TEST 1: Verifying The Cam Signal
To test the cam sensor, you're gonna' have to tap into its two wires with your multimeter.
These two wires are the DK GRN (dark green) wire and the LT BLU (light blue) wire of the sensor's harness connector.
The purpose of tapping into these two wires is to see if your multimeter can confirm that the camshaft position sensor is working and creating a fluctuating AC voltage signal.
To be a bit more specific, this AC voltage signal should fluctuate below and above 1 volt AC while the engine is cranking or running.
IMPORTANT: Make sure that the multimeter test lead wires don't get caught in the serpenting belt (when you crank the engine) or you'll damage the multimeter test leads and/or the multimeter.
Alright, these are the test steps:
Disconnect the cam sensor's electrical connector and remove some of the plastic wire loom protector and/or the black electrical tape that shields/protects the two wires of the cam sensor.
Reconnect the connector to the cam sensor now and place your multimeter in Volts AC mode.
Using a wire-piercing probe or another appropriate tool, probe the number 1 and number 2 wires of the cam sensor with the multimeter test leads.
To see what a what wire piercing probe tool looks like, click here: Wire Piercing Probe.
It doesn't matter which multimeter test lead (RED or BLACK) goes where, since the polarity of the leads doesn't matter.
When everything has been set up and you're a safe distance from the engine, have your helper crank the engine as you observe the multimeter's AC Volts readings.
If the camshaft position sensor is working correctly, the multimeter will register an an oscillating voltage between 0.5 to 1 Volt AC.
Now, to be a bit more specific: your multimeter will not register a steady AC voltage. Instead, the reading will jump between 0.5 Volts AC to a bit above 1 Volt AC continually as the engine is cranking and only when the engine is cranking.
Alright, let's find out if you have a bad cam sensor on your hands or not. Choose from the CASES below that best match your specific results:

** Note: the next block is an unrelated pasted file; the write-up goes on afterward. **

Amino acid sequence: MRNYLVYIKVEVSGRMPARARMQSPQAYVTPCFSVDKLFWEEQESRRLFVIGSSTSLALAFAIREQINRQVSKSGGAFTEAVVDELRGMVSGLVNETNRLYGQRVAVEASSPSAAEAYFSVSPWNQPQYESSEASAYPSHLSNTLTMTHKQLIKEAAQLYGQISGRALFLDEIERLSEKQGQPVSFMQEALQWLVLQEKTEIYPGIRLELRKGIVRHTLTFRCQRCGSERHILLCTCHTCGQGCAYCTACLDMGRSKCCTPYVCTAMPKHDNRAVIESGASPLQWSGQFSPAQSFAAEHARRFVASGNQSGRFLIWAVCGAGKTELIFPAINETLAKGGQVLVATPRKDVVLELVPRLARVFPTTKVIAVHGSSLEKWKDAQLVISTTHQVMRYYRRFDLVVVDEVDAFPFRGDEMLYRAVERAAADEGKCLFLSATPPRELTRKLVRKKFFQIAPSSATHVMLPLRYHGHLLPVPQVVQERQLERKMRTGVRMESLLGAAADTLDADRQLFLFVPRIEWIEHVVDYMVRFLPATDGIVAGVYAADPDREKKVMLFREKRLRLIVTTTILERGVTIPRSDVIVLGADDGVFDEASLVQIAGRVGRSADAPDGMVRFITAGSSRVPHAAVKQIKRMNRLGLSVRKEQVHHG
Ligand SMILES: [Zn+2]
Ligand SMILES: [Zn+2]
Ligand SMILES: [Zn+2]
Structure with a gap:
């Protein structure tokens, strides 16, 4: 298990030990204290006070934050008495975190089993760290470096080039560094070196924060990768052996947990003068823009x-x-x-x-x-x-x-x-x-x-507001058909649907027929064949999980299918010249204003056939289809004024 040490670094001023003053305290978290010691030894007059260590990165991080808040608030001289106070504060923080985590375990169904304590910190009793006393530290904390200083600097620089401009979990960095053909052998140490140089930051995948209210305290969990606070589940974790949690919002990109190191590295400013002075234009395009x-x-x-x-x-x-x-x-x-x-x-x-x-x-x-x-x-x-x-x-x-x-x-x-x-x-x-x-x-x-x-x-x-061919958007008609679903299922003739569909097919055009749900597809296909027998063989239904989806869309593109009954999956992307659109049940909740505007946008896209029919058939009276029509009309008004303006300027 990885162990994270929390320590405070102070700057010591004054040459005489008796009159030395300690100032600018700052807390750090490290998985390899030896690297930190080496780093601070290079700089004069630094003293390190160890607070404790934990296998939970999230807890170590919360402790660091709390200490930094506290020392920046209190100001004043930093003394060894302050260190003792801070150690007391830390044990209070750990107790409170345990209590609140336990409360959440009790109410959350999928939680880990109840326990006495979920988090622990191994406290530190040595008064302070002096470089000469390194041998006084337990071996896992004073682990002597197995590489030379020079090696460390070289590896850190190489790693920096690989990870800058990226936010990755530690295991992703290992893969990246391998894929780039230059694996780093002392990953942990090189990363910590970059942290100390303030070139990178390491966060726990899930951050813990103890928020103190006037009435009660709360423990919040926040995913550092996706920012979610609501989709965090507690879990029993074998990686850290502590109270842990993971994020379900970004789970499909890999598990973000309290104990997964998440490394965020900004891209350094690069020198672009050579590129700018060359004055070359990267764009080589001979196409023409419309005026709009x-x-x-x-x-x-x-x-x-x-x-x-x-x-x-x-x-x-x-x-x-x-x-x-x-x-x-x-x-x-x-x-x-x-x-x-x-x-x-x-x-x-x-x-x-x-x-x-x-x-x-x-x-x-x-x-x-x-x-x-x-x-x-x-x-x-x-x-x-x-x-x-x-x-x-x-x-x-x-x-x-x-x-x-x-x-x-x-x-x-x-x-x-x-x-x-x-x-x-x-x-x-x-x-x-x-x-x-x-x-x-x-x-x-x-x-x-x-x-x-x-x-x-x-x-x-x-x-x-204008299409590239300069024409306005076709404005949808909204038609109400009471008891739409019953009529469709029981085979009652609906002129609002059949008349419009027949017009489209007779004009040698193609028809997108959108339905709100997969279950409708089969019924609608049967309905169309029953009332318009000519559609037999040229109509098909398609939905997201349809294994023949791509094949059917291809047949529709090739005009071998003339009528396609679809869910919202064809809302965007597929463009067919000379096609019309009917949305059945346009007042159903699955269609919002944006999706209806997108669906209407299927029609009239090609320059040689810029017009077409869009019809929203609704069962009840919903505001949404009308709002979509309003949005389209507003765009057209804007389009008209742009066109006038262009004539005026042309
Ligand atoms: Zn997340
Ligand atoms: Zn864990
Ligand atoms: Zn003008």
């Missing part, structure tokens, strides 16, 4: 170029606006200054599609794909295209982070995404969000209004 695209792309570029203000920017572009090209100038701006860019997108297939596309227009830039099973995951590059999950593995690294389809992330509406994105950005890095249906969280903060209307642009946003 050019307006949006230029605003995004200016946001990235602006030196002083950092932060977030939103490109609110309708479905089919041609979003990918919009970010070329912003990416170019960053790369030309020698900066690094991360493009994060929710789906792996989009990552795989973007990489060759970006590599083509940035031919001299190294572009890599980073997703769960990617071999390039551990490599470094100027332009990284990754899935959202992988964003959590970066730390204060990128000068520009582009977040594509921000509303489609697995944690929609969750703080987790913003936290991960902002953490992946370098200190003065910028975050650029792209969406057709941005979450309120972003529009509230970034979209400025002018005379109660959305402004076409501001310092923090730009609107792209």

CASE 1: The multimeter registered the indicated AC voltage with the engine cranking. This result indicates that the camshaft position sensor is creating a good cam signal and is working fine.
If you have confirmed that the camshaft position sensor is OK but your Ford's powertrain control module (PCM) is still lighting up the check engine light with a cam sensor trouble code, then there's a good chance that there's an open or a short in one of the two cam sensor circuits.
Although it's beyond the scope of this tutorial, your next step is to check the continuity of the cam sensor wires between the cam sensor connector and the PCM connector.
CASE 2: The multimeter DID NOT register the indicated AC voltage with the engine cranking: This confirms that the camshaft position sensor is fried and needs to be replaced.
If you'd like to buy the factory original Motorcraft cam sensor (and save), check out the section: Where To Buy The Cam Sensor And Save.
Typical Location Of The Cam Sensor
More Ford 4.6L, 5.4L Tutorials
To see all of the Ford 4.6L, 5.4L diagnostic tutorials, check out this index: Ford 4.6L, 5.4L Index Of Articles.
Here's a sample of the troubleshooting tutorials you'll find in the index:
- How Can I Tell What's Wrong With My Transmission? (Ford 4.6L, 5.4L)
- How To Diagnose Misfire Codes P0300-P0308 (Ford 4.6L, 5.4L).
- How To Test Ford 4.6L, 5.4L Coil-On-Plug Ignition Coils (at: easyautodiagnostics.com).
- How To Test The Ford MAF (4.2L, 4.6L, 5.4L) (at: easyautodiagnostics.com).
- How to test the 4.6L, 5.4L Throttle Position Sensor (TPS) (at: easyautodiagnostics.com).
If this info saved the day, buy me a beer!